Marlen Garcia: Emotional ties bind us to unions

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Christian Mitchell, Illinois House 26th district Democratic primary candidate. | Ashlee Rezin/Sun-Times

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Unions are behemoths dragging down Illinois’ ability to ascend from a debt pit. They must meet their demise or at least be crippled to bring Illinois back to financial prosperity.

That’s what I hear Governor Bruce Rauner saying.

Here’s the flip side: For decades unions have given average folks a chance to reach the middle class. There’s a lot of emotion attached to that for union members and their families.

As dozens of candidates for the Illinois House and Senate visited the Sun-Times Editorial Board in recent weeks to seek the newspaper’s endorsement in the March 15 primaries, I caught a glimpse of that sentiment.


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No one was more poignant than Steve Caramelli, a state trooper who is running for state Senate in the 22nd District that covers Elgin, Carpentersville, Hanover Park, Hoffman Estates, Streamwood and Schaumburg.

Asked if any part of Rauner’s Turnaround Agenda had merit, Caramelli said the governor has no chance of making Illinois a right-to-work state.

“Absolutely not,” Caramelli said, adding that he and his parents are products of unions.

“This country, this state and this city were brought up on the idea of working hard and you’re going to be OK,” he said. “That’s what my mom and dad did when they came to Chicago.”

Caramelli told us his mother emigrated from Mexico and his father from Italy, each with limited education. They took union jobs with Brach’s Candy Factory and succeeded in giving Caramelli a solid middle-class upbringing.

“Here’s a perfect example of where a factory worker has the ability to work in this place, pay their taxes, give back to their community and allow their son to be raised the proper way,” he said.

Where did that take Caramelli? To college, the police academy and a candidacy for state Senate “to continue the protections for the middle class,” he said.

We asked state Rep. Christian Mitchell, D-Chicago, of the 26th District a similar question.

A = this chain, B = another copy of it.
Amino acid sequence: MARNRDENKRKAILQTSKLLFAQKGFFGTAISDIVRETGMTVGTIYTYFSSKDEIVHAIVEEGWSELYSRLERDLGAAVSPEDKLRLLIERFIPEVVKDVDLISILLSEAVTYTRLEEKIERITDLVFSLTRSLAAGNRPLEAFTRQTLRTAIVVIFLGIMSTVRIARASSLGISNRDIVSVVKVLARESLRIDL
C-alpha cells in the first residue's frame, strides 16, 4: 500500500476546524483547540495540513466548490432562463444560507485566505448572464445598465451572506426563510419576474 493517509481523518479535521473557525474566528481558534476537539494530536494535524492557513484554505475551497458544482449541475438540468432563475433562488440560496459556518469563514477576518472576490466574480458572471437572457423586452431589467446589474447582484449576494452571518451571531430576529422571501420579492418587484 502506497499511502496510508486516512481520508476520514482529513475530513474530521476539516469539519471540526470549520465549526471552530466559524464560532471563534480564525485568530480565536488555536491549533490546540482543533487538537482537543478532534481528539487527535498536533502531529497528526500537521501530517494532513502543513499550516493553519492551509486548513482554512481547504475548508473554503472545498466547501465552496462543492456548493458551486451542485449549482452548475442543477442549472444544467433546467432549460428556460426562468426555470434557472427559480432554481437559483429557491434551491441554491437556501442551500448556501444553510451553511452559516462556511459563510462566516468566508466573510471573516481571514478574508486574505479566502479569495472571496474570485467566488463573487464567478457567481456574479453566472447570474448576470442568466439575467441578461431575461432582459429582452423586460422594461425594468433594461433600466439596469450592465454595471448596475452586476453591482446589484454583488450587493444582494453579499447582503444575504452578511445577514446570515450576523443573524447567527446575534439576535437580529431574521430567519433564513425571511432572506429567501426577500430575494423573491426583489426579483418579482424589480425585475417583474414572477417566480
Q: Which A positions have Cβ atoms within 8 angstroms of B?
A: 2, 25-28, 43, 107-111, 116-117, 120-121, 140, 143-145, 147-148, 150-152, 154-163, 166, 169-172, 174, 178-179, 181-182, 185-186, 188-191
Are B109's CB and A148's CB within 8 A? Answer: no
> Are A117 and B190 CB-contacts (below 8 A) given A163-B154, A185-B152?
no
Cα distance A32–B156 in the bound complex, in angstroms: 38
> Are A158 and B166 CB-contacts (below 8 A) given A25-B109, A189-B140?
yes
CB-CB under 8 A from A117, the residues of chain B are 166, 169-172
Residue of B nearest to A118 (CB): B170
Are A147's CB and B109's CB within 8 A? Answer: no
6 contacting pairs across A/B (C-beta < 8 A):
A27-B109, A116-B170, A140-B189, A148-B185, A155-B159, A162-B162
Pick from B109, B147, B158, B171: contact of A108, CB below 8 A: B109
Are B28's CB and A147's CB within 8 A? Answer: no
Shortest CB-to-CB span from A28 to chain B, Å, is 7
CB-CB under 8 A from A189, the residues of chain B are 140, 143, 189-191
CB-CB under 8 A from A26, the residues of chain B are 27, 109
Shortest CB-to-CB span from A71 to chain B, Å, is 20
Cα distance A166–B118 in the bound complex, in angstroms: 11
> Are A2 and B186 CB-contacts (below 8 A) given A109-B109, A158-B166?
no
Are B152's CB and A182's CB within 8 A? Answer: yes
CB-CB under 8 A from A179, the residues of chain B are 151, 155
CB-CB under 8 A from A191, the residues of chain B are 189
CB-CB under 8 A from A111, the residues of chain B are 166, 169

“The short answer for me is that my grandfather was a U.S. steelworker,” Mitchell said. “He had an eighth-grade education. The reason I’m sitting here is because of that job that he had.”

Over in the 22nd District that includes West Elsdon, Garfield Ridge, West Lawn and Clearing, Jason Gonzales is the first serious primary challenger in a long time to House Speaker Michael Madigan. Gonzales is running as a Democrat but is backed by Republican money. This left me wondering how true he is to Democratic ideals.

Gonzales said he promised his father, an electrician, that he would stand up for unions. “I won’t hurt the working class,” he said. “That was the commitment I made to him. I don’t think I’d here today if it wasn’t for the fact that my dad was an IBEW electrician.” The IBEW is the International Brotherhood of Electrical Workers.

Here’s why I identify with these guys on their claims: I once wrote about my dad’s job as a custodian for a major airline at O’Hare Airport. He worked there long before the airlines began farming out such jobs to outside companies to cut employee pay and benefits.

His job never paid all that much, but we had food on the table and could rely on top-notch health insurance. My dad had lifetime flight benefits. In other words, he could travel anywhere for free. He had a pension until he died.

My dad belonged to a union.


Follow Marlen Garcia on Twitter: @MarlenGarcia777

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